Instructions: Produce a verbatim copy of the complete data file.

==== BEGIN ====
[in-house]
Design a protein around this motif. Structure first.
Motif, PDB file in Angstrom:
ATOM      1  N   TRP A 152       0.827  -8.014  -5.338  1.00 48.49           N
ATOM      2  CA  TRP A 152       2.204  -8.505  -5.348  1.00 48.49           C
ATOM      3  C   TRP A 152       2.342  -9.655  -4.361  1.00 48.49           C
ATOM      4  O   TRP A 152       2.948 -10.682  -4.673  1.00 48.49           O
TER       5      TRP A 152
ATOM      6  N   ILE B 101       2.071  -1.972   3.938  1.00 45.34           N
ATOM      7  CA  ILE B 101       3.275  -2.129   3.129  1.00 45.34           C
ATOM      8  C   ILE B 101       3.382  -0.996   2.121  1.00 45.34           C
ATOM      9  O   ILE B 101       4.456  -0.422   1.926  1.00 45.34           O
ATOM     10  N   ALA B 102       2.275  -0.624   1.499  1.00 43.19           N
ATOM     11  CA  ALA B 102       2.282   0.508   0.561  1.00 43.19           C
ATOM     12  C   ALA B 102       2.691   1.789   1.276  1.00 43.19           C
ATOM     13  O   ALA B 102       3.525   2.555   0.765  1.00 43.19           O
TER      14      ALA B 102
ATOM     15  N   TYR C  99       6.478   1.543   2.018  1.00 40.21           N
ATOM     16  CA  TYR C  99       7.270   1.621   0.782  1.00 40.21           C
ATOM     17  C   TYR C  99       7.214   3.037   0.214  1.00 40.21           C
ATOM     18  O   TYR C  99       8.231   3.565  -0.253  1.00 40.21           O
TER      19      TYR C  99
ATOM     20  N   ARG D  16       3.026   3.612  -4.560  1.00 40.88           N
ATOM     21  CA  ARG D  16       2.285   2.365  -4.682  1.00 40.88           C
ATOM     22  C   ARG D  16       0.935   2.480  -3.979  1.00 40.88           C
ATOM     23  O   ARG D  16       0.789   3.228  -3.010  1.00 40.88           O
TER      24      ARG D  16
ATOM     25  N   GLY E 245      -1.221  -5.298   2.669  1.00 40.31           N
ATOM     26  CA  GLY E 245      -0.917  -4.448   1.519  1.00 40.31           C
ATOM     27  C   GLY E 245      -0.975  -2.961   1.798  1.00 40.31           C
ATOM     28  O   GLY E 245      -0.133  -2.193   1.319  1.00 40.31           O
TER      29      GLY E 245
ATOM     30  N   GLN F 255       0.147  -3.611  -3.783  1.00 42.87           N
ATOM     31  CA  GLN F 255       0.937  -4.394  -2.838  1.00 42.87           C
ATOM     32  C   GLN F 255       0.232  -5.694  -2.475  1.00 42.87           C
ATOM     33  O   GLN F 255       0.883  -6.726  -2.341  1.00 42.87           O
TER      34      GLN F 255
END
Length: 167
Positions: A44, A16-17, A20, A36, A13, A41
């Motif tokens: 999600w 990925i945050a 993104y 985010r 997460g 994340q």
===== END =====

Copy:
[in-house]
Design a protein around this motif. Structure first.
Motif, PDB file in Angstrom:
ATOM      1  N   TRP A 152       0.827  -8.014  -5.338  1.00 48.49           N
ATOM      2  CA  TRP A 152       2.204  -8.505  -5.348  1.00 48.49           C
ATOM      3  C   TRP A 152       2.342  -9.655  -4.361  1.00 48.49           C
ATOM      4  O   TRP A 152       2.948 -10.682  -4.673  1.00 48.49           O
TER       5      TRP A 152
ATOM      6  N   ILE B 101       2.071  -1.972   3.938  1.00 45.34           N
ATOM      7  CA  ILE B 101       3.275  -2.129   3.129  1.00 45.34           C
ATOM      8  C   ILE B 101       3.382  -0.996   2.121  1.00 45.34           C
ATOM      9  O   ILE B 101       4.456  -0.422   1.926  1.00 45.34           O
ATOM     10  N   ALA B 102       2.275  -0.624   1.499  1.00 43.19           N
ATOM     11  CA  ALA B 102       2.282   0.508   0.561  1.00 43.19           C
ATOM     12  C   ALA B 102       2.691   1.789   1.276  1.00 43.19           C
ATOM     13  O   ALA B 102       3.525   2.555   0.765  1.00 43.19           O
TER      14      ALA B 102
ATOM     15  N   TYR C  99       6.478   1.543   2.018  1.00 40.21           N
ATOM     16  CA  TYR C  99       7.270   1.621   0.782  1.00 40.21           C
ATOM     17  C   TYR C  99       7.214   3.037   0.214  1.00 40.21           C
ATOM     18  O   TYR C  99       8.231   3.565  -0.253  1.00 40.21           O
TER      19      TYR C  99
ATOM     20  N   ARG D  16       3.026   3.612  -4.560  1.00 40.88           N
ATOM     21  CA  ARG D  16       2.285   2.365  -4.682  1.00 40.88           C
ATOM     22  C   ARG D  16       0.935   2.480  -3.979  1.00 40.88           C
ATOM     23  O   ARG D  16       0.789   3.228  -3.010  1.00 40.88           O
TER      24      ARG D  16
ATOM     25  N   GLY E 245      -1.221  -5.298   2.669  1.00 40.31           N
ATOM     26  CA  GLY E 245      -0.917  -4.448   1.519  1.00 40.31           C
ATOM     27  C   GLY E 245      -0.975  -2.961   1.798  1.00 40.31           C
ATOM     28  O   GLY E 245      -0.133  -2.193   1.319  1.00 40.31           O
TER      29      GLY E 245
ATOM     30  N   GLN F 255       0.147  -3.611  -3.783  1.00 42.87           N
ATOM     31  CA  GLN F 255       0.937  -4.394  -2.838  1.00 42.87           C
ATOM     32  C   GLN F 255       0.232  -5.694  -2.475  1.00 42.87           C
ATOM     33  O   GLN F 255       0.883  -6.726  -2.341  1.00 42.87           O
TER      34      GLN F 255
END
Length: 167
Positions: A44, A16-17, A20, A36, A13, A41
């Motif tokens: 999600w 990925i945050a 993104y 985010r 997460g 994340q």